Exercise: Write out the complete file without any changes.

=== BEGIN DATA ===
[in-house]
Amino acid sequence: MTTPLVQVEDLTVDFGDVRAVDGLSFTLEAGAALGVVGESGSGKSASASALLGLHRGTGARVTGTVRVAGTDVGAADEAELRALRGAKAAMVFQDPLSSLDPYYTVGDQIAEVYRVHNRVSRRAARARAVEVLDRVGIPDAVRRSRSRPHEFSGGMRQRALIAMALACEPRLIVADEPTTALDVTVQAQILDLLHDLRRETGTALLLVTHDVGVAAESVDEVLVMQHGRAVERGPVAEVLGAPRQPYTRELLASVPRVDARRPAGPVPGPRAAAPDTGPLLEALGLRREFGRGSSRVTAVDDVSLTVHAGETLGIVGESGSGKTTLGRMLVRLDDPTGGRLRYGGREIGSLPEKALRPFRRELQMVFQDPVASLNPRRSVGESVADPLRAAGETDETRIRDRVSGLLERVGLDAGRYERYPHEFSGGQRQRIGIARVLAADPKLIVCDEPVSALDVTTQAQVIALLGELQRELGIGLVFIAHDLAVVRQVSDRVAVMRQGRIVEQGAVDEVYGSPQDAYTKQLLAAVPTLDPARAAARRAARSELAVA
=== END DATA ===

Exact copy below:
[in-house]
Amino acid sequence: MTTPLVQVEDLTVDFGDVRAVDGLSFTLEAGAALGVVGESGSGKSASASALLGLHRGTGARVTGTVRVAGTDVGAADEAELRALRGAKAAMVFQDPLSSLDPYYTVGDQIAEVYRVHNRVSRRAARARAVEVLDRVGIPDAVRRSRSRPHEFSGGMRQRALIAMALACEPRLIVADEPTTALDVTVQAQILDLLHDLRRETGTALLLVTHDVGVAAESVDEVLVMQHGRAVERGPVAEVLGAPRQPYTRELLASVPRVDARRPAGPVPGPRAAAPDTGPLLEALGLRREFGRGSSRVTAVDDVSLTVHAGETLGIVGESGSGKTTLGRMLVRLDDPTGGRLRYGGREIGSLPEKALRPFRRELQMVFQDPVASLNPRRSVGESVADPLRAAGETDETRIRDRVSGLLERVGLDAGRYERYPHEFSGGQRQRIGIARVLAADPKLIVCDEPVSALDVTTQAQVIALLGELQRELGIGLVFIAHDLAVVRQVSDRVAVMRQGRIVEQGAVDEVYGSPQDAYTKQLLAAVPTLDPARAAARRAARSELAVA